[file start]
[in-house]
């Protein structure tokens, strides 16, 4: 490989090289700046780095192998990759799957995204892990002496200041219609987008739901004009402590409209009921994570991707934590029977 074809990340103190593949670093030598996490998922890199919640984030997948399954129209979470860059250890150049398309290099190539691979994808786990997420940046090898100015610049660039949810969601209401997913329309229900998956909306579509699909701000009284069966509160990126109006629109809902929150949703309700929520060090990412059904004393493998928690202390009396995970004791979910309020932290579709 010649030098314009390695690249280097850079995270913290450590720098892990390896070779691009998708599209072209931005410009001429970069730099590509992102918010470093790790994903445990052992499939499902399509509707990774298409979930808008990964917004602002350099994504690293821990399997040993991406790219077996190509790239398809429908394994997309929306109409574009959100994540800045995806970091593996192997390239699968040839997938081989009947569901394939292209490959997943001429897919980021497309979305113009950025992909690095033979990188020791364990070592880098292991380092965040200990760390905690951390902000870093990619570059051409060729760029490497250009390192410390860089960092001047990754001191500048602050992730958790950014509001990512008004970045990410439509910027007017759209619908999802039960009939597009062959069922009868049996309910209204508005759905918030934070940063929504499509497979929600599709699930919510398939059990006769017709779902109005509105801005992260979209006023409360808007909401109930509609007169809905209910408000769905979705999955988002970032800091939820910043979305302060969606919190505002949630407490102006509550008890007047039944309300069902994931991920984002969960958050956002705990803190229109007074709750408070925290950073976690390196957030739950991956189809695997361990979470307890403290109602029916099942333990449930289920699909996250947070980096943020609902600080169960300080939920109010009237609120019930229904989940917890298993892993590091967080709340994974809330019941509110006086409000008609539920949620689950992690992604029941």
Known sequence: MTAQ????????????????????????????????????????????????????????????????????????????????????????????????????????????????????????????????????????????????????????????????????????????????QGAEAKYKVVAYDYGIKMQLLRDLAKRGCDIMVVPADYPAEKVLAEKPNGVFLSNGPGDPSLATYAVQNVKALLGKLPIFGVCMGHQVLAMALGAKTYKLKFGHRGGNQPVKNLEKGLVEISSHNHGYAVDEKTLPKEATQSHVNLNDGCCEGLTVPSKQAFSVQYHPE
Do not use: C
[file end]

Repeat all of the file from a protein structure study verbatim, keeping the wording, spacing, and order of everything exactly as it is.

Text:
[in-house]
């Protein structure tokens, strides 16, 4: 490989090289700046780095192998990759799957995204892990002496200041219609987008739901004009402590409209009921994570991707934590029977 074809990340103190593949670093030598996490998922890199919640984030997948399954129209979470860059250890150049398309290099190539691979994808786990997420940046090898100015610049660039949810969601209401997913329309229900998956909306579509699909701000009284069966509160990126109006629109809902929150949703309700929520060090990412059904004393493998928690202390009396995970004791979910309020932290579709 010649030098314009390695690249280097850079995270913290450590720098892990390896070779691009998708599209072209931005410009001429970069730099590509992102918010470093790790994903445990052992499939499902399509509707990774298409979930808008990964917004602002350099994504690293821990399997040993991406790219077996190509790239398809429908394994997309929306109409574009959100994540800045995806970091593996192997390239699968040839997938081989009947569901394939292209490959997943001429897919980021497309979305113009950025992909690095033979990188020791364990070592880098292991380092965040200990760390905690951390902000870093990619570059051409060729760029490497250009390192410390860089960092001047990754001191500048602050992730958790950014509001990512008004970045990410439509910027007017759209619908999802039960009939597009062959069922009868049996309910209204508005759905918030934070940063929504499509497979929600599709699930919510398939059990006769017709779902109005509105801005992260979209006023409360808007909401109930509609007169809905209910408000769905979705999955988002970032800091939820910043979305302060969606919190505002949630407490102006509550008890007047039944309300069902994931991920984002969960958050956002705990803190229109007074709750408070925290950073976690390196957030739950991956189809695997361990979470307890403290109602029916099942333990449930289920699909996250947070980096943020609902600080169960300080939920109010009237609120019930229904989940917890298993892993590091967080709340994974809330019941509110006086409000008609539920949620689950992690992604029941």
Known sequence: MTAQ????????????????????????????????????????????????????????????????????????????????????????????????????????????????????????????????????????????????????????????????????????????????QGAEAKYKVVAYDYGIKMQLLRDLAKRGCDIMVVPADYPAEKVLAEKPNGVFLSNGPGDPSLATYAVQNVKALLGKLPIFGVCMGHQVLAMALGAKTYKLKFGHRGGNQPVKNLEKGLVEISSHNHGYAVDEKTLPKEATQSHVNLNDGCCEGLTVPSKQAFSVQYHPE
Do not use: C